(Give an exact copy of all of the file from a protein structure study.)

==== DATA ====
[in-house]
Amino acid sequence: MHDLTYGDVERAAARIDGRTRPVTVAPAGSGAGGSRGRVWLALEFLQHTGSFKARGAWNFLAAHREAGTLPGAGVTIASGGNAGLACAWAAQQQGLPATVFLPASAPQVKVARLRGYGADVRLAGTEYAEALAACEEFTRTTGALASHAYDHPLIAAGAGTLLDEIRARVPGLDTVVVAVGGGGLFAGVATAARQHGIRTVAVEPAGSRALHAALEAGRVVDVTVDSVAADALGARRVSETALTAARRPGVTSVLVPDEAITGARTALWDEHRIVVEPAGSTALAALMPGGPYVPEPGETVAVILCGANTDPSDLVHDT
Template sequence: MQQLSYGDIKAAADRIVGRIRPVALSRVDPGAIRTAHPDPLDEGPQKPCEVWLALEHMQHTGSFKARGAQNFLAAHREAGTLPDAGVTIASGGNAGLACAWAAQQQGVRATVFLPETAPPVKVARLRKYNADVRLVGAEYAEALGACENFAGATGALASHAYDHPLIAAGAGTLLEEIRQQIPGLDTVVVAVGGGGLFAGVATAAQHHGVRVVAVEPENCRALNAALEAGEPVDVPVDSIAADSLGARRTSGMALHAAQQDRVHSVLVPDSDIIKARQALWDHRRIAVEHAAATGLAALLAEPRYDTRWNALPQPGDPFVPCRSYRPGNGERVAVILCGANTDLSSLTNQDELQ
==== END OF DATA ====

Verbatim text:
[in-house]
Amino acid sequence: MHDLTYGDVERAAARIDGRTRPVTVAPAGSGAGGSRGRVWLALEFLQHTGSFKARGAWNFLAAHREAGTLPGAGVTIASGGNAGLACAWAAQQQGLPATVFLPASAPQVKVARLRGYGADVRLAGTEYAEALAACEEFTRTTGALASHAYDHPLIAAGAGTLLDEIRARVPGLDTVVVAVGGGGLFAGVATAARQHGIRTVAVEPAGSRALHAALEAGRVVDVTVDSVAADALGARRVSETALTAARRPGVTSVLVPDEAITGARTALWDEHRIVVEPAGSTALAALMPGGPYVPEPGETVAVILCGANTDPSDLVHDT
Template sequence: MQQLSYGDIKAAADRIVGRIRPVALSRVDPGAIRTAHPDPLDEGPQKPCEVWLALEHMQHTGSFKARGAQNFLAAHREAGTLPDAGVTIASGGNAGLACAWAAQQQGVRATVFLPETAPPVKVARLRKYNADVRLVGAEYAEALGACENFAGATGALASHAYDHPLIAAGAGTLLEEIRQQIPGLDTVVVAVGGGGLFAGVATAAQHHGVRVVAVEPENCRALNAALEAGEPVDVPVDSIAADSLGARRTSGMALHAAQQDRVHSVLVPDSDIIKARQALWDHRRIAVEHAAATGLAALLAEPRYDTRWNALPQPGDPFVPCRSYRPGNGERVAVILCGANTDLSSLTNQDELQ